GENTILE, non-Jew. It was only during the later Second Temple period that a sharp distinction and a barrier of separation was erected between the Jew and the gentile. The prohibition of marriage, which in the Bible was limited to the seven Canaanite nations (Deut. 7:1–4), was extended, following the reforms of Ezra, to include all non-Jews; the acceptance of monotheism was made the distinguishing mark of the Jew (Meg. 13a, Esth. R. 6:2); the Jews were regarded as having completely discarded *idolatry which was, however, uniformly characteristic of the non-Jew. In addition to that the low moral, social, and ethical standards of the surrounding gentiles were continuously emphasized, and social contact with them was regarded as being a pernicious social and moral influence. As a result, during this period the world was regarded as divided, insofar as peoples were concerned, into the Jewish people and the "nations of the world," and insofar as individuals were concerned, into "the Jew" and the idolater ("oved kokhavim u-mazzalot," usually abbreviated to "akkum," literally "a worshiper of stars and planets" but applied to all idolaters). Only considerations of humanity, such as relief of their poor, visiting their sick, affording them last rites (Git. 61a), and discretion ("one greets a gentile on their festivals for the sake of peace" – Tosef. Av. Zar. 1:3) were reasons for breaking the otherwise impenetrable barrier. As a result, the conception of and the attitude toward the non-Jew from the Talmudic period onward are strikingly different from that during the biblical period.
For the biblical period see *Stranger.
In the Talmud
Since talmudic literature spans over half a millennium, covering a wide geographic area, attitudes toward gentiles expressed in it vary considerably. In fact, it reveals a whole spectrum of opinions from the extreme antipathy of the tormented Jew of Hadrian's time – e.g., Simeon b. Yoḥai's statement: The best of gentiles should be killed (TJ, Kid. 4:11, 66c) – to the moderate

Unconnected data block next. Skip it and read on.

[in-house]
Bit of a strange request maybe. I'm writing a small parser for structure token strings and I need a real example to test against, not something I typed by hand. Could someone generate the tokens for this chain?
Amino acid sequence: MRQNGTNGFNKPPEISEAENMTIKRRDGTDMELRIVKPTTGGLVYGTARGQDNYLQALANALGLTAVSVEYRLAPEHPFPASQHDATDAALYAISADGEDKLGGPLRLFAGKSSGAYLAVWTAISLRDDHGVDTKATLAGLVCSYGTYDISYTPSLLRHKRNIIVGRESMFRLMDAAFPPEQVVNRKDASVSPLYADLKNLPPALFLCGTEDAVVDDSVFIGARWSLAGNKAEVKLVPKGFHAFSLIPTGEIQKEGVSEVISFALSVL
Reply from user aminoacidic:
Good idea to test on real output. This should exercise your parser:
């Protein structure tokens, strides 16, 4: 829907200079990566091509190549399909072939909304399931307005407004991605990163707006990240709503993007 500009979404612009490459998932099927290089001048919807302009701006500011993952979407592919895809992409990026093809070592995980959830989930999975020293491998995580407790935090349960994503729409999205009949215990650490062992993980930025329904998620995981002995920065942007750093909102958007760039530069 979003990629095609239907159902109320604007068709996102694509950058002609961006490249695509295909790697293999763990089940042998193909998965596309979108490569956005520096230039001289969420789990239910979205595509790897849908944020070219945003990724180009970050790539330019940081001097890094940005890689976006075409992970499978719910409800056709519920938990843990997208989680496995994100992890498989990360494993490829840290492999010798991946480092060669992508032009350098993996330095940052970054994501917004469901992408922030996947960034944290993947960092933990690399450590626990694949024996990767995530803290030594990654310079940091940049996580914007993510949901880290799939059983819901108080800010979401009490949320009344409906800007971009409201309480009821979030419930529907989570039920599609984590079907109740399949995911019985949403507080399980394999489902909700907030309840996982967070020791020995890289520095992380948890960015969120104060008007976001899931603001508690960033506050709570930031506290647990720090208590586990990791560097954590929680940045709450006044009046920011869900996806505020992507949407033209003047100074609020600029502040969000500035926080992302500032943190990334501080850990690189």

Jewish antipathy to the gentile in talmudic times stemmed from a number of causes and functioned on several levels. Thus, gentiles were condemned for their cruelty to Jews (see BK 117a; Av. Zar. 25b, etc.), their morals were considered reprehensible (Yev. 98a; Av. Zar. 22b; Song R. 6:8, etc.), and throughout the period one finds reiterated the (theological) accusation that though they were offered the Torah, they rejected it (Av. Zar. 2b; Tanḥ. B., Deut. 54, etc.). Thus, the Jewish antipathy to the gentile was not due to the fact that he was of non-Jewish stock, i.e., it was not a racial prejudice, but rather motivated by their idolatry, moral laxity, and other such faults (see Av. Zar. 17a–b). Those that were righteous (by Jewish standards), however, were fully entitled to the rewards of the world-to-come (Tosef., Sanh. 13:2; BB 10b), and a further distinction was made by Johanan who declared that gentiles outside Palestine were not really idolaters, but only blind followers of their ancestral customs (Ḥul. 13b).
In rabbinic literature the distinction between gentile (goi, akkum) and Christian (noẓeri) has frequently been obscured by textual alterations necessitated by the vigilance of censors. Thus "Egyptian," "Amalekite," "Zadokite" (= Sadducee) and kuti (Samaritan) often stand in place of the original noẓeri, as well as goi, akkum, etc. (see Paḥad Yiẓḥak, S.V. Goi). Probably when Resh Lakish stated that a gentile (akkum etc., in existing texts) who observed the Sabbath is punishable by death (Sanh. 58b), he had in mind Christians (see A. Weiss, in Bar Ilan, 1 (1963), 143–8, xxxi–ii). The same may be so in the case of R. Ammi who ruled that one may not teach a gentile Torah (Ḥag. 13a; cf. Sanh. 59a). Numerous anti-Christian polemic passages only make real sense after noẓeri has been restored in place of the spurious kuti or ẓedoki, etc.